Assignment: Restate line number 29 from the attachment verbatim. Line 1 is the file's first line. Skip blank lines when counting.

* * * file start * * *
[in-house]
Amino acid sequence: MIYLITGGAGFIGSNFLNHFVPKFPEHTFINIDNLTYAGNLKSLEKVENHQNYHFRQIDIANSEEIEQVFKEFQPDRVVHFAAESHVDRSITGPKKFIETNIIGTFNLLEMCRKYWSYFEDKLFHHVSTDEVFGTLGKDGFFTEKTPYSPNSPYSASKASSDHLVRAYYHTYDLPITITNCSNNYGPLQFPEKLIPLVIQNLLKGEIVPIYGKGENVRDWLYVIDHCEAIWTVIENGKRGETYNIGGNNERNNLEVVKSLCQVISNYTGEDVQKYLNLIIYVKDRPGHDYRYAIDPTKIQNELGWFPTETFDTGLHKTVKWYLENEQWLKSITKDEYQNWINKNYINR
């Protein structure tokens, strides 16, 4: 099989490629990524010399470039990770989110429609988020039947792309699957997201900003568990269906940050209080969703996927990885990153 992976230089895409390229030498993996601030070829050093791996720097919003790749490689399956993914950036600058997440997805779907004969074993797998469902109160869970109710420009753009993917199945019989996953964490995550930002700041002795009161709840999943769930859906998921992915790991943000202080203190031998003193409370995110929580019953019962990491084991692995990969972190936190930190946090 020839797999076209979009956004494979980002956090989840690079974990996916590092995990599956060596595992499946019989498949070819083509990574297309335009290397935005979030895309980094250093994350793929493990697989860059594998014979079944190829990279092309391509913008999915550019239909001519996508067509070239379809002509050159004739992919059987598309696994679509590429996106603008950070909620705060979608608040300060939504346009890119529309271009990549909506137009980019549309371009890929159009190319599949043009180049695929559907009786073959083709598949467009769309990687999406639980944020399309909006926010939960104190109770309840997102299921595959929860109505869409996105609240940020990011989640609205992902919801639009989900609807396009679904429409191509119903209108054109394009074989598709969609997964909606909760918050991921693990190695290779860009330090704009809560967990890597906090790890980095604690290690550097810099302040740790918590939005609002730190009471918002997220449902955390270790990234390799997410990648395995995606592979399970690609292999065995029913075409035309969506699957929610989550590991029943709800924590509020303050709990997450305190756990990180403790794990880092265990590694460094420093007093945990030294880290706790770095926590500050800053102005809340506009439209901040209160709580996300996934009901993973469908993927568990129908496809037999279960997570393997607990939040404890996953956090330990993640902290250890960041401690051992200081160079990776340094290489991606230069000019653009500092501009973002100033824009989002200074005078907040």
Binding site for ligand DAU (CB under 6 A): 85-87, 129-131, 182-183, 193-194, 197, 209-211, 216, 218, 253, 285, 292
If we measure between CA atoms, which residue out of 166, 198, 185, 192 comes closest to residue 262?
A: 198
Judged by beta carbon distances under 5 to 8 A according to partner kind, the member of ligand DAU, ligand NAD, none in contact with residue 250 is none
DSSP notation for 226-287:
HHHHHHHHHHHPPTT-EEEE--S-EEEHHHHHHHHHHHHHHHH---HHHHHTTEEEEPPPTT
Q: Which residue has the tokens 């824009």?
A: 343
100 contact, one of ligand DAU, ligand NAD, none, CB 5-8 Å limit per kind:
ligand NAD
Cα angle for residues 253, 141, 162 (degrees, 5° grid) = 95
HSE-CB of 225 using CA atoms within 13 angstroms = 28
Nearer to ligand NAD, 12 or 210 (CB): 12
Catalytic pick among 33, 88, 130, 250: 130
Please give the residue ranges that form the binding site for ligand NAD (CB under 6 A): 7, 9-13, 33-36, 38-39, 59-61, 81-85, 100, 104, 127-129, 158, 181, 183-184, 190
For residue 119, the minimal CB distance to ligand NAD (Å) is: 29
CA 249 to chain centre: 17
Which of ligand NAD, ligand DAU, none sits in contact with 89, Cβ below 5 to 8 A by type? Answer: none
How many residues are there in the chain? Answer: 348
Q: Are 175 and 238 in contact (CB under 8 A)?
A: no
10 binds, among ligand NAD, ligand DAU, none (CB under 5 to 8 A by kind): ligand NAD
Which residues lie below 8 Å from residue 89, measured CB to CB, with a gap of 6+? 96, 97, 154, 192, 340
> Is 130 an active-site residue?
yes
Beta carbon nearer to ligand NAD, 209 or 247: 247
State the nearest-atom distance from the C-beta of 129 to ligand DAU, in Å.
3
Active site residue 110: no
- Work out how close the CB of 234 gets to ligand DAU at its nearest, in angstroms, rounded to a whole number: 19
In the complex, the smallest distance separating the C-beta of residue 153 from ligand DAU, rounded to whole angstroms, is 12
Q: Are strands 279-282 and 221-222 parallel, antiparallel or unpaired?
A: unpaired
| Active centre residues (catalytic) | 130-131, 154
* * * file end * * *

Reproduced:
Beta carbon nearer to ligand NAD, 209 or 247: 247